Members of the University of Toronto Students’ Union (UTSU) voted to endorse separation from the University of Toronto Mississauga Students’ Union (UTMSU) at the UTSU’s Annual General Meeting (AGM) on October 30. The motion passed unanimously with 222 votes.
The move comes after a lengthy negotiations process that began in January and culminated in the UTSU Board of Directors endorsing separation in September. The vote at the AGM was for members to show their approval of the endorsement, which would allow the unions to begin the formal process of separating.
UTMSU Vice-President External Atif Abdullah supported the separation, citing issues regarding campus representation.
Specifically, he pointed to a perceived lack of support on the health and dental plan — which is administered by the UTSU — as well as on what the UTMSU saw to be a lack of solidarity on the controversial University-Mandated Leave of Absence Policy passed in June.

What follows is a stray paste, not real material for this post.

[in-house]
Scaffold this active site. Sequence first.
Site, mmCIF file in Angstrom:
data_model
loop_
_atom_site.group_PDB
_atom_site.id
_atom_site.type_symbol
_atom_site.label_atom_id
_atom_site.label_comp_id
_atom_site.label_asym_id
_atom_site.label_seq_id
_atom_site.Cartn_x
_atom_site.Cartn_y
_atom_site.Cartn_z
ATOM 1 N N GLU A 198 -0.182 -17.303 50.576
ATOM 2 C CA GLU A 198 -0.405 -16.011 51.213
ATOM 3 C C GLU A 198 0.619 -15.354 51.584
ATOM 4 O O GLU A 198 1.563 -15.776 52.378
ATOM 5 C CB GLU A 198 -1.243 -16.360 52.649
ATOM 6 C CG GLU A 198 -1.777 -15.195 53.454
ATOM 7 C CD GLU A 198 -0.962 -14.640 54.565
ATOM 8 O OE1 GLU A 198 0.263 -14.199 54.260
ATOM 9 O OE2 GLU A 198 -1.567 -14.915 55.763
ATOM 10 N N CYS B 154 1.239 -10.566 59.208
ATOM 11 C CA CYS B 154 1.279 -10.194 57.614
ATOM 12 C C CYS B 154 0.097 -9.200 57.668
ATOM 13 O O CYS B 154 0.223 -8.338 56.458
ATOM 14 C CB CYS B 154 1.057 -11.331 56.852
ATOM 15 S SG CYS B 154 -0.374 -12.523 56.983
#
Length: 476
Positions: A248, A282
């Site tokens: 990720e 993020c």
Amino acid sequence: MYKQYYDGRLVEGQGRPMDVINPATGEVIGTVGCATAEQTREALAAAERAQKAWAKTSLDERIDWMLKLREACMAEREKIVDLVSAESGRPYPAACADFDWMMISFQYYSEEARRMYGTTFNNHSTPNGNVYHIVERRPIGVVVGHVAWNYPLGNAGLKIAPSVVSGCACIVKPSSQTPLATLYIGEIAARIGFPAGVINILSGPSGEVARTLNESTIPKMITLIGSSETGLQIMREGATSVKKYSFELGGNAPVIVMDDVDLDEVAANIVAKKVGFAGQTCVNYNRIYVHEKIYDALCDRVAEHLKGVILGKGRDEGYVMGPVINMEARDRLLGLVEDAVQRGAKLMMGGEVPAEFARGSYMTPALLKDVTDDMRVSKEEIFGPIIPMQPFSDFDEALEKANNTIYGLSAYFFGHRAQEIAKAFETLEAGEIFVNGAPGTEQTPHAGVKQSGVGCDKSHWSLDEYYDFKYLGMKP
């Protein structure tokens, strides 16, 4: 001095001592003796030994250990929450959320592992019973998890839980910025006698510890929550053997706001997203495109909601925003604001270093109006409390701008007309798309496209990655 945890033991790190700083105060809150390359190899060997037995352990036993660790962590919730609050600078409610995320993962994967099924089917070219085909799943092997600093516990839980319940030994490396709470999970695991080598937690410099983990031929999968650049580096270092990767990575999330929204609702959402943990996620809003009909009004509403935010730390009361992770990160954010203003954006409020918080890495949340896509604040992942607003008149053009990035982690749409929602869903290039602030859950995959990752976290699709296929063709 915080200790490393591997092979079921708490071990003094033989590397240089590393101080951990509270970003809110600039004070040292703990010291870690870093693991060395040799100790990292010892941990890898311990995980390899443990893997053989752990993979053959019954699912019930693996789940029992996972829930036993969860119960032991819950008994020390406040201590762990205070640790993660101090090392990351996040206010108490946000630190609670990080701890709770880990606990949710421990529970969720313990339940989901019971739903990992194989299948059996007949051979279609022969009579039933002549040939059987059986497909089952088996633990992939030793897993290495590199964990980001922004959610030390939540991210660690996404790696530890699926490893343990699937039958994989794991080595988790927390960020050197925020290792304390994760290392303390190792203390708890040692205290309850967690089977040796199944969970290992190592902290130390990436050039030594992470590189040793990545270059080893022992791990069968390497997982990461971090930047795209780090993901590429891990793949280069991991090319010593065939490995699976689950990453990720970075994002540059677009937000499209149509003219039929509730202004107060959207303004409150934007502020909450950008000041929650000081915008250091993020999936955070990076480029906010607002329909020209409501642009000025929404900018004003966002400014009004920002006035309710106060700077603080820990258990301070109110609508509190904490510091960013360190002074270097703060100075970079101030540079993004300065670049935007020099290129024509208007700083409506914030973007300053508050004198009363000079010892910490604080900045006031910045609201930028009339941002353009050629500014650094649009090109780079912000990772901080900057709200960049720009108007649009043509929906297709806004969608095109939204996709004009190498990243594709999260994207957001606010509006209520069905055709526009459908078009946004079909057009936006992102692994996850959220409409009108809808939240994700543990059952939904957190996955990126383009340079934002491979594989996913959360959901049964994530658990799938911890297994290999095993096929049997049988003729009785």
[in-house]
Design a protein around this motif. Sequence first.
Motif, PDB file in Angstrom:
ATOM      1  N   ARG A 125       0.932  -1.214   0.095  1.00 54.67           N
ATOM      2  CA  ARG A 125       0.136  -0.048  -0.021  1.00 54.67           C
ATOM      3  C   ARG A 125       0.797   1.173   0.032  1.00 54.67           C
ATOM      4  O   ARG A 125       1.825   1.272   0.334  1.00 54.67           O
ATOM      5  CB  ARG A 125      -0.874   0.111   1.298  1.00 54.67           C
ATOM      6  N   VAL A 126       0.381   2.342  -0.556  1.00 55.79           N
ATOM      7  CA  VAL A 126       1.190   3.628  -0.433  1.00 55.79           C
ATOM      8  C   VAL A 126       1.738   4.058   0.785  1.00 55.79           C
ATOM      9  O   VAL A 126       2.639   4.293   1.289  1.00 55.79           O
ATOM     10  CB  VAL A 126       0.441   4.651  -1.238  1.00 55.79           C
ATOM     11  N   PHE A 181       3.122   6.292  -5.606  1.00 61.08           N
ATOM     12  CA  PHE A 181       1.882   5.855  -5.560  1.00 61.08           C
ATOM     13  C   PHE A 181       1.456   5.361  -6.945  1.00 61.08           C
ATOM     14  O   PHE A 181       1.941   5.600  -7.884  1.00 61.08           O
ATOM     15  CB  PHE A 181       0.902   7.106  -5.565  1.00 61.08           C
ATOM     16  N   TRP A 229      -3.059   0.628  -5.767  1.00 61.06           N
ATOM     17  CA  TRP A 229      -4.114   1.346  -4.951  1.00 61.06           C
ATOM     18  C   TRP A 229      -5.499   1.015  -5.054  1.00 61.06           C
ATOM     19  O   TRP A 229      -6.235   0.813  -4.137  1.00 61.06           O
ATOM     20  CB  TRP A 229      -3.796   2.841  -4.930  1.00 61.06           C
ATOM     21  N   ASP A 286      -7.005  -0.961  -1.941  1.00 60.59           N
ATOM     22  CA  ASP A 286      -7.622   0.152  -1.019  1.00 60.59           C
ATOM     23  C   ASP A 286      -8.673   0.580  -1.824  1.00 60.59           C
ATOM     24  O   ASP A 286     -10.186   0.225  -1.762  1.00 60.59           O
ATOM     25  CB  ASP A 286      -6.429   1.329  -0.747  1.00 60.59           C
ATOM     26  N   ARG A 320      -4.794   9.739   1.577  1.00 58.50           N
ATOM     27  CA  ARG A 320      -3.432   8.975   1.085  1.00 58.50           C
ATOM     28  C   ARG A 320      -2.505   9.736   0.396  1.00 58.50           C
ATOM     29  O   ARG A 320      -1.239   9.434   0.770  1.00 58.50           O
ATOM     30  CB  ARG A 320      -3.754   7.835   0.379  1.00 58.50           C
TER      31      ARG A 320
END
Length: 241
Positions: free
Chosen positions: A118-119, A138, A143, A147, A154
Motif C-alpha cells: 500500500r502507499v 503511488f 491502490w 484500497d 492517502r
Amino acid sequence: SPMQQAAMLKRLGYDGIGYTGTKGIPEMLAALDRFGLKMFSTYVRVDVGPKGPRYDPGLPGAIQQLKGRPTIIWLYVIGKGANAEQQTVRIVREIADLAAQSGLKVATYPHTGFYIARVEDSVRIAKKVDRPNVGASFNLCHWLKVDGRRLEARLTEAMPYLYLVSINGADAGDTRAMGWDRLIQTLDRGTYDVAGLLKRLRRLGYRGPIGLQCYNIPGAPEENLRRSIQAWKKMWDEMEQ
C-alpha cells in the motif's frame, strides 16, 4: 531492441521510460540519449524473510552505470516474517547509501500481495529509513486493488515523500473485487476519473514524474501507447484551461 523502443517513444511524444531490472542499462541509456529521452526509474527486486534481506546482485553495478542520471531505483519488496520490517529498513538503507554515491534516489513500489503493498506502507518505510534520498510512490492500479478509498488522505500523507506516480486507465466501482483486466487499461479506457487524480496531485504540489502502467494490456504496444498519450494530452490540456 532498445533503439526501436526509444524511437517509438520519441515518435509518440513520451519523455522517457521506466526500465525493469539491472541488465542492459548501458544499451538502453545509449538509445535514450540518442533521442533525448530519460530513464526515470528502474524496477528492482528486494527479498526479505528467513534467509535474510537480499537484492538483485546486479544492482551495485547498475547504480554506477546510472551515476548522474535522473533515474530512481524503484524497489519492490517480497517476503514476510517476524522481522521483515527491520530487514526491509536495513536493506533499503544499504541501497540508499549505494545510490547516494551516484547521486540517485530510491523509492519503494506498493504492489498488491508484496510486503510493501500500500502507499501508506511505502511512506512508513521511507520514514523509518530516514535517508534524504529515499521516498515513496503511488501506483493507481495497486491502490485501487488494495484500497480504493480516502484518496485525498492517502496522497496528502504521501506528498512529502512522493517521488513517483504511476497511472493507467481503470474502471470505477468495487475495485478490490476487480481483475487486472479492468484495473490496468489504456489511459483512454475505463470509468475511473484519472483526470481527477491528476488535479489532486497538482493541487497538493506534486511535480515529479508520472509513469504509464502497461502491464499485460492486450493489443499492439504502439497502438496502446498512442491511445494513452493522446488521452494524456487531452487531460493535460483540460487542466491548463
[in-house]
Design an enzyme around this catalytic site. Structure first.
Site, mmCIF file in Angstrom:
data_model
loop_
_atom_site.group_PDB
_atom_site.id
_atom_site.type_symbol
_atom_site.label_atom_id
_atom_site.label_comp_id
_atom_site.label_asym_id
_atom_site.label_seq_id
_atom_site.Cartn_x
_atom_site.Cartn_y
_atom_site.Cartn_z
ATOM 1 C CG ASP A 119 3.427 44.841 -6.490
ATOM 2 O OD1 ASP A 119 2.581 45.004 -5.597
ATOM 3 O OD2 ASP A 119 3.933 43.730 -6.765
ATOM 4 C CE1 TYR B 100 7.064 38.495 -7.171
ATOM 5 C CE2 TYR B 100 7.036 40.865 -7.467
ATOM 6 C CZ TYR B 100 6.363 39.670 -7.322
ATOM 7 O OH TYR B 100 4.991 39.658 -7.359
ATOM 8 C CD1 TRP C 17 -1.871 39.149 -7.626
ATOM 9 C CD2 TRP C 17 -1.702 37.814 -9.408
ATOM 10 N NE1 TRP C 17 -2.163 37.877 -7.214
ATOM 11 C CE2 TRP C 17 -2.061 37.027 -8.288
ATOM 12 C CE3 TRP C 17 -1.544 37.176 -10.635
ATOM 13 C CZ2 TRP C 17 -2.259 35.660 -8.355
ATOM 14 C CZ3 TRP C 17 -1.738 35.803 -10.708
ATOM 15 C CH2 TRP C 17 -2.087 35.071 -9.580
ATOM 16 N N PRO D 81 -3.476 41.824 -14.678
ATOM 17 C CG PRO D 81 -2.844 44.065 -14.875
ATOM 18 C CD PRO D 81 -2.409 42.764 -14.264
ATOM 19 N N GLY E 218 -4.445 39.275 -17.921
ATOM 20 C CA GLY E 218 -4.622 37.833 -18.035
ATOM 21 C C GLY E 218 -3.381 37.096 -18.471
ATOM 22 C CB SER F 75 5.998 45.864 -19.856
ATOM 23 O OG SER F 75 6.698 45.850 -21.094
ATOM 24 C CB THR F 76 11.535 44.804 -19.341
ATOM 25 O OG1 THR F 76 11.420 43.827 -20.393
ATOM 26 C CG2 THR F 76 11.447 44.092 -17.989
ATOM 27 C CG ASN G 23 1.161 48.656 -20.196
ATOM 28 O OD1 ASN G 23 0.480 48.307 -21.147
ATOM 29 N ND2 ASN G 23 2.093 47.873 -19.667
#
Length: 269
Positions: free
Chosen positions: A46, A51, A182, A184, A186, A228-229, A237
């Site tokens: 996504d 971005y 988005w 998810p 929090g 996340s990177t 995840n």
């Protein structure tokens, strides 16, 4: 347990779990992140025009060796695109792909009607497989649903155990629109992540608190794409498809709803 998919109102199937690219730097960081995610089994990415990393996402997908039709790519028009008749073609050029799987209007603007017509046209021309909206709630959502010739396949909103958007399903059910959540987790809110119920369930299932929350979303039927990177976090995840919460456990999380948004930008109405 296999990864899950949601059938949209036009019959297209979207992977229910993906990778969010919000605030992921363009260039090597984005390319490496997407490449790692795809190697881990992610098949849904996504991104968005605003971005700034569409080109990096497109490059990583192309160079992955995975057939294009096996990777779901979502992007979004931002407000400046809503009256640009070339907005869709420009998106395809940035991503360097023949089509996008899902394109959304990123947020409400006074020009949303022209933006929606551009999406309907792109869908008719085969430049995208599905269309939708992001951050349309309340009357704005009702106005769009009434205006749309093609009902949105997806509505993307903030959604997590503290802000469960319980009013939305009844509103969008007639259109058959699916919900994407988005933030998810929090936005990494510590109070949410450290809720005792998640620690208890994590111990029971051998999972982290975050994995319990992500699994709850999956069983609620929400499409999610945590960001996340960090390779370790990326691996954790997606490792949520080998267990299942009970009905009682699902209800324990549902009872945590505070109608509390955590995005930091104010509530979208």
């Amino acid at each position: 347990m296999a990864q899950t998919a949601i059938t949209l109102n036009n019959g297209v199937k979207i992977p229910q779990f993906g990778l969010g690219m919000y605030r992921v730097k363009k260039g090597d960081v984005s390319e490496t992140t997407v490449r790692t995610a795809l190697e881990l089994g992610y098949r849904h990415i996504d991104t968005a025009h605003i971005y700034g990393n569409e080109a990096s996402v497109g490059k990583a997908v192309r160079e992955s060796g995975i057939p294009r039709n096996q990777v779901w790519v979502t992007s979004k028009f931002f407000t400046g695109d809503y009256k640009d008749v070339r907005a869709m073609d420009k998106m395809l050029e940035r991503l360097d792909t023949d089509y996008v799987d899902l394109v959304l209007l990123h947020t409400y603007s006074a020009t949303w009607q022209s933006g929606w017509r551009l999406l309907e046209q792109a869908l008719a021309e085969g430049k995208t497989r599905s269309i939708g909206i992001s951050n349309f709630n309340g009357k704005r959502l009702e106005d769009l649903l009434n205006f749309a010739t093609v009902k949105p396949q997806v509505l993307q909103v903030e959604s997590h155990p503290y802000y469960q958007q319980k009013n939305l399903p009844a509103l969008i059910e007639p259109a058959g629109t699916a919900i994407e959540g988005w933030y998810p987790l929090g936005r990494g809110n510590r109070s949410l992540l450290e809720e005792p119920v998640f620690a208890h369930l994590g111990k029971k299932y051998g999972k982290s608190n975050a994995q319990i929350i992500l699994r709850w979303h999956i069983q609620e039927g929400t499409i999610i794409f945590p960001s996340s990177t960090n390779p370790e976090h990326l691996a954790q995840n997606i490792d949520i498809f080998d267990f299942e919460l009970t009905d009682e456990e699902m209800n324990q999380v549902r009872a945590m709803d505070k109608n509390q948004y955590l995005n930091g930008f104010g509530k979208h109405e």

However, Abdullah added that it would still be possible for the two unions to work together after separation.
“When it comes to banding together for issues, I don’t believe you need a contract to work together,” said Abdullah.
UTSU Vice-President Operations Tyler Biswurm spoke to The Varsity on the next steps of formal separation and the overall financial implications, specifically an $82,800 loss in yearly revenue from UTM students until 2023.
“We’ve talked to the university about [its] role in it and so we’re putting in every effort that we can to make sure this, in an operational sense, goes smoothly,” said Biswurm.
The UTSU and the UTMSU signed an Associate Membership Agreement (AMA) on April 30, 2008. UTSU President Anne Boucher claimed that students from both the UTSU and UTMSU criticized the decision to sign the AMA at the time, as it was agreed upon during the last day of the fiscal period with little time for discussion.
The UTSU has experienced a similar separation in the past with regards to the Scarborough Campus Students’ Union, which left the UTSU’s predecessor, the Students’ Administrative Council, in 2004.
Once the separation is finalized, the UTMSU’s health and dental plan will no longer be under the UTSU, meaning that it would have to find a new plan under a different health care provider. The student union will also no longer have to sign an agreement to work alongside the UTSU and would be able to conduct its own advocacy efforts.
— With files from Ilya Bañares, Hannah Carty, Josie Kao, Adam A. Lam, and Andy Takagi